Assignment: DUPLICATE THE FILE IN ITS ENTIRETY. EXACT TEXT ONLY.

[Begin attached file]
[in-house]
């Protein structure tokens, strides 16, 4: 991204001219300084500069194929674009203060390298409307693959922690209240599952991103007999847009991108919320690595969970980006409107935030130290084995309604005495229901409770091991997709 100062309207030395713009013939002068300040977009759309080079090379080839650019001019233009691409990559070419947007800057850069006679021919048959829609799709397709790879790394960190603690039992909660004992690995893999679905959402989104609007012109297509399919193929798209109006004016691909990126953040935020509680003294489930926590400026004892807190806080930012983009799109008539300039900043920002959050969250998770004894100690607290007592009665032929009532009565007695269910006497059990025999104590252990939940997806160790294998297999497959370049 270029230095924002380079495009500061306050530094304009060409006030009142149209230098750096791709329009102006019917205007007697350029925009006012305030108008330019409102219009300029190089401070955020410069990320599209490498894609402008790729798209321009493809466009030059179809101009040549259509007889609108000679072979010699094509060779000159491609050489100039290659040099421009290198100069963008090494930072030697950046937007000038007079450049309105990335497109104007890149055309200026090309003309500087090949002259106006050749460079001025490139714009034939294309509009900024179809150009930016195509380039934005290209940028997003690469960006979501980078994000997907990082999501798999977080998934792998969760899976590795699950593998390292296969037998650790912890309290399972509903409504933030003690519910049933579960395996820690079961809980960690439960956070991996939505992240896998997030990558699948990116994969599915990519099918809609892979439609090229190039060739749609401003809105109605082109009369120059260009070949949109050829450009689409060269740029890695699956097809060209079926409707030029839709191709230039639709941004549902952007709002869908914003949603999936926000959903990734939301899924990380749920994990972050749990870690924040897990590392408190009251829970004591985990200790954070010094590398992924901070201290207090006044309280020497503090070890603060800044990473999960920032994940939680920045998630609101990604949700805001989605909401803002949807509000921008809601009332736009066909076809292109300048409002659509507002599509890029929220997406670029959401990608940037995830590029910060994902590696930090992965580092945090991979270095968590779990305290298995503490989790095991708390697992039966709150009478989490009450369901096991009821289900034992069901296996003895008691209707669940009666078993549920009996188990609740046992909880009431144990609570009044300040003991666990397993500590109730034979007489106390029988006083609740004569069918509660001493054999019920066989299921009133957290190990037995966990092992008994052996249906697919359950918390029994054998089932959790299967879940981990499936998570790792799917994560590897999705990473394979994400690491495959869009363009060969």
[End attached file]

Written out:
[in-house]
């Protein structure tokens, strides 16, 4: 991204001219300084500069194929674009203060390298409307693959922690209240599952991103007999847009991108919320690595969970980006409107935030130290084995309604005495229901409770091991997709 100062309207030395713009013939002068300040977009759309080079090379080839650019001019233009691409990559070419947007800057850069006679021919048959829609799709397709790879790394960190603690039992909660004992690995893999679905959402989104609007012109297509399919193929798209109006004016691909990126953040935020509680003294489930926590400026004892807190806080930012983009799109008539300039900043920002959050969250998770004894100690607290007592009665032929009532009565007695269910006497059990025999104590252990939940997806160790294998297999497959370049 270029230095924002380079495009500061306050530094304009060409006030009142149209230098750096791709329009102006019917205007007697350029925009006012305030108008330019409102219009300029190089401070955020410069990320599209490498894609402008790729798209321009493809466009030059179809101009040549259509007889609108000679072979010699094509060779000159491609050489100039290659040099421009290198100069963008090494930072030697950046937007000038007079450049309105990335497109104007890149055309200026090309003309500087090949002259106006050749460079001025490139714009034939294309509009900024179809150009930016195509380039934005290209940028997003690469960006979501980078994000997907990082999501798999977080998934792998969760899976590795699950593998390292296969037998650790912890309290399972509903409504933030003690519910049933579960395996820690079961809980960690439960956070991996939505992240896998997030990558699948990116994969599915990519099918809609892979439609090229190039060739749609401003809105109605082109009369120059260009070949949109050829450009689409060269740029890695699956097809060209079926409707030029839709191709230039639709941004549902952007709002869908914003949603999936926000959903990734939301899924990380749920994990972050749990870690924040897990590392408190009251829970004591985990200790954070010094590398992924901070201290207090006044309280020497503090070890603060800044990473999960920032994940939680920045998630609101990604949700805001989605909401803002949807509000921008809601009332736009066909076809292109300048409002659509507002599509890029929220997406670029959401990608940037995830590029910060994902590696930090992965580092945090991979270095968590779990305290298995503490989790095991708390697992039966709150009478989490009450369901096991009821289900034992069901296996003895008691209707669940009666078993549920009996188990609740046992909880009431144990609570009044300040003991666990397993500590109730034979007489106390029988006083609740004569069918509660001493054999019920066989299921009133957290190990037995966990092992008994052996249906697919359950918390029994054998089932959790299967879940981990499936998570790792799917994560590897999705990473394979994400690491495959869009363009060969």